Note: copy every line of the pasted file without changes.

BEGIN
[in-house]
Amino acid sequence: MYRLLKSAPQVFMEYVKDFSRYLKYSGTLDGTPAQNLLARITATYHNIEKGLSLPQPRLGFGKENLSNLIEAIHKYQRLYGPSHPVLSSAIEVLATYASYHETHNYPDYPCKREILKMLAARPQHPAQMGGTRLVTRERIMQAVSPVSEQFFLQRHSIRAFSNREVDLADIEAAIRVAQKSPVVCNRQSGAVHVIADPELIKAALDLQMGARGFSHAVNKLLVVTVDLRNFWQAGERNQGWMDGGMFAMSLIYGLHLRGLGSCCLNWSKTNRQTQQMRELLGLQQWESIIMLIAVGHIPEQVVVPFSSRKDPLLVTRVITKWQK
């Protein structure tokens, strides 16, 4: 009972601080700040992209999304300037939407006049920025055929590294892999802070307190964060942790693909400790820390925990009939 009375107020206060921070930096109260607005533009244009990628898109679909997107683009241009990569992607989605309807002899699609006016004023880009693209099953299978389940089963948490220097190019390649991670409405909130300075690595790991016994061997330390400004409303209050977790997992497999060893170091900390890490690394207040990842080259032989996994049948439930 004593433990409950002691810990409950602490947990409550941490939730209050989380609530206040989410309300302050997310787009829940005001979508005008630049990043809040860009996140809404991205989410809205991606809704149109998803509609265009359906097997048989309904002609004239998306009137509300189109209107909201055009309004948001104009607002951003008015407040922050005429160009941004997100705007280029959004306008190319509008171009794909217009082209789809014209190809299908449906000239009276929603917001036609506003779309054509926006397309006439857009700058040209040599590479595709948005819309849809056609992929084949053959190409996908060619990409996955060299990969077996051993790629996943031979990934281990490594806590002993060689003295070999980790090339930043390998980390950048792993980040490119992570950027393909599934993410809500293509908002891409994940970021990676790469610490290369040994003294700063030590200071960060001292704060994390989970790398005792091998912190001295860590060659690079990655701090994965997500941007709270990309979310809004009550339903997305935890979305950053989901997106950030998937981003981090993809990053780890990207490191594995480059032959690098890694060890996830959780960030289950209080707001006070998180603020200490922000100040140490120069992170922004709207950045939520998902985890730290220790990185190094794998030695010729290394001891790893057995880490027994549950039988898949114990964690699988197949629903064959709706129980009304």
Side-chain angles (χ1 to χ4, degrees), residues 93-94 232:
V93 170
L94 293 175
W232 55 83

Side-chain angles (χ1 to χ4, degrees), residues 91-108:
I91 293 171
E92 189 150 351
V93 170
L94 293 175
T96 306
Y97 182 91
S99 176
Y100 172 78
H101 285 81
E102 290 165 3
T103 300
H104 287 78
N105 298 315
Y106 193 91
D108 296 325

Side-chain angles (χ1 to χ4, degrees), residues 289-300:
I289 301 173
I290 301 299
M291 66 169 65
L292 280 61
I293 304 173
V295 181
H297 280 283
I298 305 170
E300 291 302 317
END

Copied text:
[in-house]
Amino acid sequence: MYRLLKSAPQVFMEYVKDFSRYLKYSGTLDGTPAQNLLARITATYHNIEKGLSLPQPRLGFGKENLSNLIEAIHKYQRLYGPSHPVLSSAIEVLATYASYHETHNYPDYPCKREILKMLAARPQHPAQMGGTRLVTRERIMQAVSPVSEQFFLQRHSIRAFSNREVDLADIEAAIRVAQKSPVVCNRQSGAVHVIADPELIKAALDLQMGARGFSHAVNKLLVVTVDLRNFWQAGERNQGWMDGGMFAMSLIYGLHLRGLGSCCLNWSKTNRQTQQMRELLGLQQWESIIMLIAVGHIPEQVVVPFSSRKDPLLVTRVITKWQK
């Protein structure tokens, strides 16, 4: 009972601080700040992209999304300037939407006049920025055929590294892999802070307190964060942790693909400790820390925990009939 009375107020206060921070930096109260607005533009244009990628898109679909997107683009241009990569992607989605309807002899699609006016004023880009693209099953299978389940089963948490220097190019390649991670409405909130300075690595790991016994061997330390400004409303209050977790997992497999060893170091900390890490690394207040990842080259032989996994049948439930 004593433990409950002691810990409950602490947990409550941490939730209050989380609530206040989410309300302050997310787009829940005001979508005008630049990043809040860009996140809404991205989410809205991606809704149109998803509609265009359906097997048989309904002609004239998306009137509300189109209107909201055009309004948001104009607002951003008015407040922050005429160009941004997100705007280029959004306008190319509008171009794909217009082209789809014209190809299908449906000239009276929603917001036609506003779309054509926006397309006439857009700058040209040599590479595709948005819309849809056609992929084949053959190409996908060619990409996955060299990969077996051993790629996943031979990934281990490594806590002993060689003295070999980790090339930043390998980390950048792993980040490119992570950027393909599934993410809500293509908002891409994940970021990676790469610490290369040994003294700063030590200071960060001292704060994390989970790398005792091998912190001295860590060659690079990655701090994965997500941007709270990309979310809004009550339903997305935890979305950053989901997106950030998937981003981090993809990053780890990207490191594995480059032959690098890694060890996830959780960030289950209080707001006070998180603020200490922000100040140490120069992170922004709207950045939520998902985890730290220790990185190094794998030695010729290394001891790893057995880490027994549950039988898949114990964690699988197949629903064959709706129980009304």
Side-chain angles (χ1 to χ4, degrees), residues 93-94 232:
V93 170
L94 293 175
W232 55 83

Side-chain angles (χ1 to χ4, degrees), residues 91-108:
I91 293 171
E92 189 150 351
V93 170
L94 293 175
T96 306
Y97 182 91
S99 176
Y100 172 78
H101 285 81
E102 290 165 3
T103 300
H104 287 78
N105 298 315
Y106 193 91
D108 296 325

Side-chain angles (χ1 to χ4, degrees), residues 289-300:
I289 301 173
I290 301 299
M291 66 169 65
L292 280 61
I293 304 173
V295 181
H297 280 283
I298 305 170
E300 291 302 317